Swift suddenly finds its form

Suzuki, the Japanese car maker best known for niche 4x4s and budget cars, is about to take its first step in a major global reinvention. It comes in the shape of this car – the all-new Swift, on sale in the UK next month.

Previous Swifts have generally been overlooked in the UK, and justifiably so. You’re most likely to have come across the previous model as a European hire car, which tells you all you need to know: it was cheap, unsophisticated and readily disposable.

Not so the new one. Instead of importing typically Japanese cars to Europe, Suzuki has recognised that it needs to think European if it’s going to succeed in the supermini sector. As a result, this new Swift has been designed in Europe, by Europeans, will be built at a new facility in Hungary and is expected to appeal in Europe more than anywhere else.

So should the makers of the UK’s biggest-selling superminis be concerned? Perhaps. As soon as you clap eyes on the new Swift, you can tell its game has been raised. This is a wide, substantial car with chunky shoulders and a distinctive face, and the stance and proportions are genuinely attractive.

Inside, an even more significant revolution has taken place. Where there was once a hotch-potch of cheap plastics and unappealing switchgear, now there is an uncomplicated combination of dark grey and graphite silver trim. The controls are solid-looking and thoughtfully positioned and the materials appear upmarket.They’re not quite as impressive to the touch, though, and the cloth upholstery on the seats feels a little thin, but all things considered, it’s a very laudable effort.

It’s not all good news, however. We drove the 1.5-litre GLX five-door model. With its keyless entry system, air conditioning, 15-inch alloy wheels and sports exhaust it will be the UK range-topper. However, even with variable valve timing it produces just 101bhp at 5900rpm, and is slightly coarse and boomy.

At urban speeds the engine remains unobtrusive, and it’s no hardship rowing up and down the five gears using the short-throw gearshift, but there’s an edge of harshness to both the powertrain and the ride that is at odds with the rest of the car. From a mechanical and dynamic perspective it is still a vast improvement over the previous Swift, and acceptable for the class, but if it’s aiming for the top these shortcomings show how far Suzuki still has to come.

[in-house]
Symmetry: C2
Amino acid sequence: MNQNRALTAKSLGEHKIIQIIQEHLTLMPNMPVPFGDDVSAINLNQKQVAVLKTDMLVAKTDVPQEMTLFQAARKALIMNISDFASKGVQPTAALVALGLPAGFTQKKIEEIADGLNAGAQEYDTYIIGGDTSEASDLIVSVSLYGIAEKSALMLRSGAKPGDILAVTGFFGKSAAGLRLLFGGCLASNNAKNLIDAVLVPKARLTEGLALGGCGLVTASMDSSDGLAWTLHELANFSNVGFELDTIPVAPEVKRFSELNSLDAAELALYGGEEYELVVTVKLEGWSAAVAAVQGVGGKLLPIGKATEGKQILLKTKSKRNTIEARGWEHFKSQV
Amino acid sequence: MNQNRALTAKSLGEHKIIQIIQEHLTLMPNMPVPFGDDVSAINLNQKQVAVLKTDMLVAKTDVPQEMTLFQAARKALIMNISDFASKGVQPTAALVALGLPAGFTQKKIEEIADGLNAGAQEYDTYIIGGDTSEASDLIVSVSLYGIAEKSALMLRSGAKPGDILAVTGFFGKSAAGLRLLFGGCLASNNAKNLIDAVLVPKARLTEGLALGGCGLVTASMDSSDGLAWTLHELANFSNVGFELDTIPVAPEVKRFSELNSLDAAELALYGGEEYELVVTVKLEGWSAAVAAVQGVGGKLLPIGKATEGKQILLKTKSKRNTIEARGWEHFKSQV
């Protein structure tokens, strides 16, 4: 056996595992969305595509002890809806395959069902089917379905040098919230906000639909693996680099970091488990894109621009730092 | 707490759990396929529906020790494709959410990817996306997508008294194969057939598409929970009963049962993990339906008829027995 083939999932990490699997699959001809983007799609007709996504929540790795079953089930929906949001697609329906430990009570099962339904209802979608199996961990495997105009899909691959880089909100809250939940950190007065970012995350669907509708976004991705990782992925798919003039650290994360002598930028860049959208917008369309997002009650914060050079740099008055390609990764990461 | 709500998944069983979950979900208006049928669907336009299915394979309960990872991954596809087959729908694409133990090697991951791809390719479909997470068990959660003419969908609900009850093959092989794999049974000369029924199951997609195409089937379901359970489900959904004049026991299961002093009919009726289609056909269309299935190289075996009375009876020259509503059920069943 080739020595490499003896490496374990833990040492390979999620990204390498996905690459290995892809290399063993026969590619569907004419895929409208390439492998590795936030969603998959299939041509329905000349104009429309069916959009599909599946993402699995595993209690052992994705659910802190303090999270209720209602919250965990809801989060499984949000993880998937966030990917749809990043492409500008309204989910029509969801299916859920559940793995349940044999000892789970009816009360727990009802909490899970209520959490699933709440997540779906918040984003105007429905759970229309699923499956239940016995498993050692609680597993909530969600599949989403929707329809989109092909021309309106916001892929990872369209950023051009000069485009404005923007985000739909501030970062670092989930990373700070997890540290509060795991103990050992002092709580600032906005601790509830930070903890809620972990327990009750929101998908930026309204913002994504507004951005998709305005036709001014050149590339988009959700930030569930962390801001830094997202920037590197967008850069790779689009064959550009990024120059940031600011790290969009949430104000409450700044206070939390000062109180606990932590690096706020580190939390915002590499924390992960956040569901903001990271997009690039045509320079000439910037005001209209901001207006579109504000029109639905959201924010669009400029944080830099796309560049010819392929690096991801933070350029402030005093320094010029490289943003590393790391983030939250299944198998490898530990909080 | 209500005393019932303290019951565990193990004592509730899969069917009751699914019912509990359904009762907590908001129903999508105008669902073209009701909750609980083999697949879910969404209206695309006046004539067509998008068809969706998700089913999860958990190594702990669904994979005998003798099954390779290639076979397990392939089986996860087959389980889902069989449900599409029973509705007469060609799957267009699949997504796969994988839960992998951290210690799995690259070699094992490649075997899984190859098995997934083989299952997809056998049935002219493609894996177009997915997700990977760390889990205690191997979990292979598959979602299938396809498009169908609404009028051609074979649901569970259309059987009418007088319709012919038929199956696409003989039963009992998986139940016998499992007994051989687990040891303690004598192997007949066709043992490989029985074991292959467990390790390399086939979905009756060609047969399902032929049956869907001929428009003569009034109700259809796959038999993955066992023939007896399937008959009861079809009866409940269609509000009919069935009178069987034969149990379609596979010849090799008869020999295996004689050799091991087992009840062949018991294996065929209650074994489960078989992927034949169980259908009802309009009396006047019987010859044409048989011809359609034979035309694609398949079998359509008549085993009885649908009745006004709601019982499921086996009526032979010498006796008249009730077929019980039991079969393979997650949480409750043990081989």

The new Swift is no Honda Jazz for practicality, either. There’s just 213 litres of boot space (Jazz 353 litres), and while the rear seats split/fold (60/40), they don’t slide fore and aft. There’s also not much in the way of rear headroom.

At an estimated price of £9500, this GLX range-topper is probably not the model to go for, but we suspect the £7800, 91bhp, 1.3-litre GL deserves further investigation.

Matt Saunders

Matt Saunders Autocar
Title: Road test editor

As Autocar’s chief car tester and reviewer, it’s Matt’s job to ensure the quality, objectivity, relevance and rigour of the entirety of Autocar’s reviews output, as well contributing a great many detailed road tests, group tests and drive reviews himself.

Matt has been an Autocar staffer since the autumn of 2003, and has been lucky enough to work alongside some of the magazine’s best-known writers and contributors over that time. He served as staff writer, features editor, assistant editor and digital editor, before joining the road test desk in 2011.

Since then he’s driven, measured, lap-timed, figured, and reported on cars as varied as the Bugatti Veyron, Rolls-Royce PhantomTesla RoadsterAriel Hipercar, Tata Nano, McLaren SennaRenault Twizy and Toyota Mirai. Among his wider personal highlights of the job have been covering Sebastien Loeb’s record-breaking run at Pikes Peak in 2013; doing 190mph on derestricted German autobahn in a Brabus Rocket; and driving McLaren’s legendary ‘XP5’ F1 prototype. His own car is a trusty Mazda CX-5.

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